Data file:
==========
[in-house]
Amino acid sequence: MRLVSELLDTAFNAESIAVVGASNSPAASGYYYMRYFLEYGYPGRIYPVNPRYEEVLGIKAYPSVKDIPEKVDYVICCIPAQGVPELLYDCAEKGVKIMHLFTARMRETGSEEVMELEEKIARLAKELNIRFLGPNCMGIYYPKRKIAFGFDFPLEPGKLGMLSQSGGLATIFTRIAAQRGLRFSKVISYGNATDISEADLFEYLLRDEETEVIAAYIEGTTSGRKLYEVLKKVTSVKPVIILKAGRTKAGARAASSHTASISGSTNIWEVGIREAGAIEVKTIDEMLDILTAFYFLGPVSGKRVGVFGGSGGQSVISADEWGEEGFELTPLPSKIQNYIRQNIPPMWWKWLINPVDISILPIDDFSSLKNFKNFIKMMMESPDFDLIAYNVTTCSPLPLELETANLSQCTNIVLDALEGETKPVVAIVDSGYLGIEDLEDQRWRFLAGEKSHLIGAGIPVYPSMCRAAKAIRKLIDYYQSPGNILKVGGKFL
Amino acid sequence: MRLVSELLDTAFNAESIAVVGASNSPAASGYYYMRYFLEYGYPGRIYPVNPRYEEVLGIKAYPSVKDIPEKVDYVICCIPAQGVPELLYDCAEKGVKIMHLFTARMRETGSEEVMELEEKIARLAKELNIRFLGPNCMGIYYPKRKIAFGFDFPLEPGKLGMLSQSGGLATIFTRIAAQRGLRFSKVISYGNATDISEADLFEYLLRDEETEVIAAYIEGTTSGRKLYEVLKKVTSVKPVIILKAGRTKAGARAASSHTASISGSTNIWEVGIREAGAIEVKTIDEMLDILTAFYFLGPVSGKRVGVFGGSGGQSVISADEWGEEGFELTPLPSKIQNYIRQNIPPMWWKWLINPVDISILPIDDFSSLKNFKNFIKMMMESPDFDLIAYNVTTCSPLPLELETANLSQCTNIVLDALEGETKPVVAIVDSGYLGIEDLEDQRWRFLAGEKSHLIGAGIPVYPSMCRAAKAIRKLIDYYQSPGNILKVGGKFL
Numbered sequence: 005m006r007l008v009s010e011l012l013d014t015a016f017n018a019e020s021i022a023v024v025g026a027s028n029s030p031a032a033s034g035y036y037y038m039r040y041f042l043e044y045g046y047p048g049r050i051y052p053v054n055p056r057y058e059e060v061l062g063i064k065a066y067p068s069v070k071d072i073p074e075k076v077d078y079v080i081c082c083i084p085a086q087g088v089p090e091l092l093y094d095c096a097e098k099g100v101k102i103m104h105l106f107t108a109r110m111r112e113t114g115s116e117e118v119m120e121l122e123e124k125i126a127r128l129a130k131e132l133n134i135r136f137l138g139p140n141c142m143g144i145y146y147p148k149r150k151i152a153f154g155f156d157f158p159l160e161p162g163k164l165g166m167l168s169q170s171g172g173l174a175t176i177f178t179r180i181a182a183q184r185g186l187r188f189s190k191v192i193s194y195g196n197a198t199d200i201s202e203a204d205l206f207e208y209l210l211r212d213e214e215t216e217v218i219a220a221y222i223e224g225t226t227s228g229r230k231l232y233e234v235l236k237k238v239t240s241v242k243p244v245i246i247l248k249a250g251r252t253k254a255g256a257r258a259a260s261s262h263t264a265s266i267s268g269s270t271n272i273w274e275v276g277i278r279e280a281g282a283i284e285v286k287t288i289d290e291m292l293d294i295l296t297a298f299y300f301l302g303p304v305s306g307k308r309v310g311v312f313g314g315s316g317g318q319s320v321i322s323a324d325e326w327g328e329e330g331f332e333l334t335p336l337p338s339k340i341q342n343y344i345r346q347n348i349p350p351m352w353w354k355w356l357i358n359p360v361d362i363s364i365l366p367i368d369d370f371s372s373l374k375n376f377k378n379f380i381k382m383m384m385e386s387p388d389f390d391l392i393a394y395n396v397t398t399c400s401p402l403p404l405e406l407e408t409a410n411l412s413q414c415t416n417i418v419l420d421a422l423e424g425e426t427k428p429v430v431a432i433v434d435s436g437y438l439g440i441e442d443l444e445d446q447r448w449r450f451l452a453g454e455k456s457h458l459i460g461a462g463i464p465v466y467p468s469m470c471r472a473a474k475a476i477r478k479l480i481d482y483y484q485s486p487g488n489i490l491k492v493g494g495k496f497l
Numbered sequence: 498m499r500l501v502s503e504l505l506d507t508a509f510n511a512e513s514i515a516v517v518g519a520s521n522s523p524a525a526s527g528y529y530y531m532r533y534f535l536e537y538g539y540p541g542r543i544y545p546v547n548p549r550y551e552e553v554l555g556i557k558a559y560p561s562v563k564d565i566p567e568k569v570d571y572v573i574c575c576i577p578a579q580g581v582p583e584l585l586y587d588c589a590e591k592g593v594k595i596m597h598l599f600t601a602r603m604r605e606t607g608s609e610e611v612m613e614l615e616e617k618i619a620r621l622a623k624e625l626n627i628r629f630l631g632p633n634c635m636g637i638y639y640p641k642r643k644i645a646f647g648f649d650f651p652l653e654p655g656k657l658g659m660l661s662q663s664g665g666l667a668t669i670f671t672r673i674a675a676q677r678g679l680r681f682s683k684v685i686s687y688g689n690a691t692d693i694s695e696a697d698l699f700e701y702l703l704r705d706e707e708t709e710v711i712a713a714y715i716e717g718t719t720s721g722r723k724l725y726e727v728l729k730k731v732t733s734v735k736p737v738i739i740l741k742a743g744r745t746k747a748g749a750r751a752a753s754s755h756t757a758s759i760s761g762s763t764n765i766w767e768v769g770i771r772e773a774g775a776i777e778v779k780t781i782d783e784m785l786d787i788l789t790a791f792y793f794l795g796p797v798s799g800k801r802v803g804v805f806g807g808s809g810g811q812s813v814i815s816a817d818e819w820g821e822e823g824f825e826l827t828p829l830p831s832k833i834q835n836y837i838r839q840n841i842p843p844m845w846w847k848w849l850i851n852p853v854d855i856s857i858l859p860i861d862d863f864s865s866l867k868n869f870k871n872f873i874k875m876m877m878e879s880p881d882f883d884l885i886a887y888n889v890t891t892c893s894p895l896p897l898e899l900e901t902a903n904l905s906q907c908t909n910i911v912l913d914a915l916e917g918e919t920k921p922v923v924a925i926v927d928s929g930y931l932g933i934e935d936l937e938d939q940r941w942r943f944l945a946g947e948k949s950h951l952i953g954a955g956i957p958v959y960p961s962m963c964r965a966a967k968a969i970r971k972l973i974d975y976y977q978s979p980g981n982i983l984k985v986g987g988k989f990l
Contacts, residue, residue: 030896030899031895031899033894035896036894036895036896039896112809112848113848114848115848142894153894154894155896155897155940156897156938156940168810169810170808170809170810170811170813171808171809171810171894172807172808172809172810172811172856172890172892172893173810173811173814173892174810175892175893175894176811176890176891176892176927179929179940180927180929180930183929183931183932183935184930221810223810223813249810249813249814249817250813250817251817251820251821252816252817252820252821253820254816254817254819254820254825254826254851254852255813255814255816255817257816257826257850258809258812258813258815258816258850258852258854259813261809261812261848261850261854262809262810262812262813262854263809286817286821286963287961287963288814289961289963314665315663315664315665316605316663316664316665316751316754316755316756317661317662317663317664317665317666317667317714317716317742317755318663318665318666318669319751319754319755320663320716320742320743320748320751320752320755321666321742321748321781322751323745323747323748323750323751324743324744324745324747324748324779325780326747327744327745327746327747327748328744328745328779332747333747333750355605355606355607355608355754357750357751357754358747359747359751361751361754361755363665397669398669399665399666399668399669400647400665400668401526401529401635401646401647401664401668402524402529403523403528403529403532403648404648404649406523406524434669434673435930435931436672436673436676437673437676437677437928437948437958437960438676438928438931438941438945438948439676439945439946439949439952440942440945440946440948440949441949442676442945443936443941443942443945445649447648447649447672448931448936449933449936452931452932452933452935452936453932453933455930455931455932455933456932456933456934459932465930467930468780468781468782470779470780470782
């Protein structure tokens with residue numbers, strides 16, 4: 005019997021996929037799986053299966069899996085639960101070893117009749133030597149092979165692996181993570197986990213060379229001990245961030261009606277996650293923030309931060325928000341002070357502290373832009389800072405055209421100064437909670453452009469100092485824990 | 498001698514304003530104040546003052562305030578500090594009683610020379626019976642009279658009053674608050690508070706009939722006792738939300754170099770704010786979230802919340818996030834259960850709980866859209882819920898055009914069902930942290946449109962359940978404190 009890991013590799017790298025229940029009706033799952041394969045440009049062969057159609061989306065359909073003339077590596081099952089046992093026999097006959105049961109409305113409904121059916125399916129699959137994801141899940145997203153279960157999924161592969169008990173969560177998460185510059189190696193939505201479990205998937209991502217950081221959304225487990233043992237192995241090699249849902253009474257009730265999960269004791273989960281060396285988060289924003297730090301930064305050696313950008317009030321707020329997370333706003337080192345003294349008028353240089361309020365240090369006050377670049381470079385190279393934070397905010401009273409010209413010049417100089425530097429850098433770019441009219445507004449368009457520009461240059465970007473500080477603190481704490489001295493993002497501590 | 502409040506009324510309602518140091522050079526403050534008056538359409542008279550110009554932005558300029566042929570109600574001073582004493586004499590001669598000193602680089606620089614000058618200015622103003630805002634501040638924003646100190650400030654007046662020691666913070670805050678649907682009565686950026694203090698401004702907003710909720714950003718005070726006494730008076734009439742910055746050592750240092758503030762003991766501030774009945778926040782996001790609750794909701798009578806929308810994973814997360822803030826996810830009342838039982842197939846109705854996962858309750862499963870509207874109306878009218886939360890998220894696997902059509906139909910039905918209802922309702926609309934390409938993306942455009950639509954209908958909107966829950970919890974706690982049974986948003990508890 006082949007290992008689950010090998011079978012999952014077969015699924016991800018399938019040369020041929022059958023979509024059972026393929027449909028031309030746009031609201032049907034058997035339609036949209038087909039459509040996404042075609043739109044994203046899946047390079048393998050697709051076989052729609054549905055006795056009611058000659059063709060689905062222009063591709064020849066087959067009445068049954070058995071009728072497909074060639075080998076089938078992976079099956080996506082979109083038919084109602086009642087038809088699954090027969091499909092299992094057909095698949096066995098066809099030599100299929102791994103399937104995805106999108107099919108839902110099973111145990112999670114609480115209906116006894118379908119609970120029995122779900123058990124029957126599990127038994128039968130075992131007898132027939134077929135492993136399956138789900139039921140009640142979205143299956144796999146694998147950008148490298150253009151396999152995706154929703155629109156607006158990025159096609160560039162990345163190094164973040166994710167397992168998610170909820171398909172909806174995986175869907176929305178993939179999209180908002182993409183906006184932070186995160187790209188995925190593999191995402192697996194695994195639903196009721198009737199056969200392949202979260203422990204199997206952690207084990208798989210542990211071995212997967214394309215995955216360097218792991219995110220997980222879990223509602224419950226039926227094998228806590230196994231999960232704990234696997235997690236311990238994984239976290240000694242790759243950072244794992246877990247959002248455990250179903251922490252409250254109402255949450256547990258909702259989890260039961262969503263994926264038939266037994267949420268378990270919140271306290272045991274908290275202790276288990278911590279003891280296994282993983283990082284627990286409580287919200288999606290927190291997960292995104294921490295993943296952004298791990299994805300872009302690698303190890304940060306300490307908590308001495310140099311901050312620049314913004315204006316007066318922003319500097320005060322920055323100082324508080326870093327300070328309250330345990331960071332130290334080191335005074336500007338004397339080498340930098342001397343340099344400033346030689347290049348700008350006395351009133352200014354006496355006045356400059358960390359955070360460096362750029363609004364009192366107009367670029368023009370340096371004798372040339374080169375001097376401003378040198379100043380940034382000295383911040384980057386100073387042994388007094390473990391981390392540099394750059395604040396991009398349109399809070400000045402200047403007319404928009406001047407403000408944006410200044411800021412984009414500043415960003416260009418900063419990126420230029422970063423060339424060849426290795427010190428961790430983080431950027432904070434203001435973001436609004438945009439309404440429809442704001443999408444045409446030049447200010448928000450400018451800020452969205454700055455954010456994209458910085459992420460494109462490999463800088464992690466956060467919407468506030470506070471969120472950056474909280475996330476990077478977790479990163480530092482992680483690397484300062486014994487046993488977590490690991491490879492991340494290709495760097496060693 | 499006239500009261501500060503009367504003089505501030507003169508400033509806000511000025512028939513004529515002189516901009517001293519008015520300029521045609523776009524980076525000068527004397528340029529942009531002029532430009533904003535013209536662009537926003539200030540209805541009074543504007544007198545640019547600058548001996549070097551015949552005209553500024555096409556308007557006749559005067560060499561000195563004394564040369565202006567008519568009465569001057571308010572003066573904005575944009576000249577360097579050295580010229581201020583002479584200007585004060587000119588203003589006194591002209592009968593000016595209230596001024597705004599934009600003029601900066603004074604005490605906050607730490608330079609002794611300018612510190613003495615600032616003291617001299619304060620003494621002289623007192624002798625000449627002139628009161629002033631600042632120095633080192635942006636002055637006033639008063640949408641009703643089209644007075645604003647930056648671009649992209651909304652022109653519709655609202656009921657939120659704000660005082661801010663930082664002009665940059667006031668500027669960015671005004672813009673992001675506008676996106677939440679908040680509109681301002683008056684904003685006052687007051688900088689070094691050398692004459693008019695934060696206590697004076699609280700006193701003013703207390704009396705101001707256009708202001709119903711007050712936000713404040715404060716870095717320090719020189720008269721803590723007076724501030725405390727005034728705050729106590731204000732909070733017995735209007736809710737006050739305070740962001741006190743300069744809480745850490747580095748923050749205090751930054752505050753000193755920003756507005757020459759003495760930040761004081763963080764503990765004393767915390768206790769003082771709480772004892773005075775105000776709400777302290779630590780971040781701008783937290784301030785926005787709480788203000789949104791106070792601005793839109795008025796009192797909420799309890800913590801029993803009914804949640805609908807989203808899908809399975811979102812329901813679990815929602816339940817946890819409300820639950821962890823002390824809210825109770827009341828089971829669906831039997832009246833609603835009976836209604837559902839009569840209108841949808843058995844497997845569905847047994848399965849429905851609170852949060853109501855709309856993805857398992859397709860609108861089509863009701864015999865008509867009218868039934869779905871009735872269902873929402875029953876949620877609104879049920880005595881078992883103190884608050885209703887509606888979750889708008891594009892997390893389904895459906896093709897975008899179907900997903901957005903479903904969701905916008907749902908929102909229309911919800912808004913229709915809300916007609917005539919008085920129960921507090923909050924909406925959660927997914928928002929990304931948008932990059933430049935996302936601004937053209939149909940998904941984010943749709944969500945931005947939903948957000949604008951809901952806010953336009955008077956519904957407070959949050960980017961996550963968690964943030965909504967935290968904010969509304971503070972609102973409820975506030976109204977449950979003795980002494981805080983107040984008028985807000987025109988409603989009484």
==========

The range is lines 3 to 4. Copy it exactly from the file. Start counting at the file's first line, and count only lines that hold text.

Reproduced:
Amino acid sequence: MRLVSELLDTAFNAESIAVVGASNSPAASGYYYMRYFLEYGYPGRIYPVNPRYEEVLGIKAYPSVKDIPEKVDYVICCIPAQGVPELLYDCAEKGVKIMHLFTARMRETGSEEVMELEEKIARLAKELNIRFLGPNCMGIYYPKRKIAFGFDFPLEPGKLGMLSQSGGLATIFTRIAAQRGLRFSKVISYGNATDISEADLFEYLLRDEETEVIAAYIEGTTSGRKLYEVLKKVTSVKPVIILKAGRTKAGARAASSHTASISGSTNIWEVGIREAGAIEVKTIDEMLDILTAFYFLGPVSGKRVGVFGGSGGQSVISADEWGEEGFELTPLPSKIQNYIRQNIPPMWWKWLINPVDISILPIDDFSSLKNFKNFIKMMMESPDFDLIAYNVTTCSPLPLELETANLSQCTNIVLDALEGETKPVVAIVDSGYLGIEDLEDQRWRFLAGEKSHLIGAGIPVYPSMCRAAKAIRKLIDYYQSPGNILKVGGKFL
Numbered sequence: 005m006r007l008v009s010e011l012l013d014t015a016f017n018a019e020s021i022a023v024v025g026a027s028n029s030p031a032a033s034g035y036y037y038m039r040y041f042l043e044y045g046y047p048g049r050i051y052p053v054n055p056r057y058e059e060v061l062g063i064k065a066y067p068s069v070k071d072i073p074e075k076v077d078y079v080i081c082c083i084p085a086q087g088v089p090e091l092l093y094d095c096a097e098k099g100v101k102i103m104h105l106f107t108a109r110m111r112e113t114g115s116e117e118v119m120e121l122e123e124k125i126a127r128l129a130k131e132l133n134i135r136f137l138g139p140n141c142m143g144i145y146y147p148k149r150k151i152a153f154g155f156d157f158p159l160e161p162g163k164l165g166m167l168s169q170s171g172g173l174a175t176i177f178t179r180i181a182a183q184r185g186l187r188f189s190k191v192i193s194y195g196n197a198t199d200i201s202e203a204d205l206f207e208y209l210l211r212d213e214e215t216e217v218i219a220a221y222i223e224g225t226t227s228g229r230k231l232y233e234v235l236k237k238v239t240s241v242k243p244v245i246i247l248k249a250g251r252t253k254a255g256a257r258a259a260s261s262h263t264a265s266i267s268g269s270t271n272i273w274e275v276g277i278r279e280a281g282a283i284e285v286k287t288i289d290e291m292l293d294i295l296t297a298f299y300f301l302g303p304v305s306g307k308r309v310g311v312f313g314g315s316g317g318q319s320v321i322s323a324d325e326w327g328e329e330g331f332e333l334t335p336l337p338s339k340i341q342n343y344i345r346q347n348i349p350p351m352w353w354k355w356l357i358n359p360v361d362i363s364i365l366p367i368d369d370f371s372s373l374k375n376f377k378n379f380i381k382m383m384m385e386s387p388d389f390d391l392i393a394y395n396v397t398t399c400s401p402l403p404l405e406l407e408t409a410n411l412s413q414c415t416n417i418v419l420d421a422l423e424g425e426t427k428p429v430v431a432i433v434d435s436g437y438l439g440i441e442d443l444e445d446q447r448w449r450f451l452a453g454e455k456s457h458l459i460g461a462g463i464p465v466y467p468s469m470c471r472a473a474k475a476i477r478k479l480i481d482y483y484q485s486p487g488n489i490l491k492v493g494g495k496f497l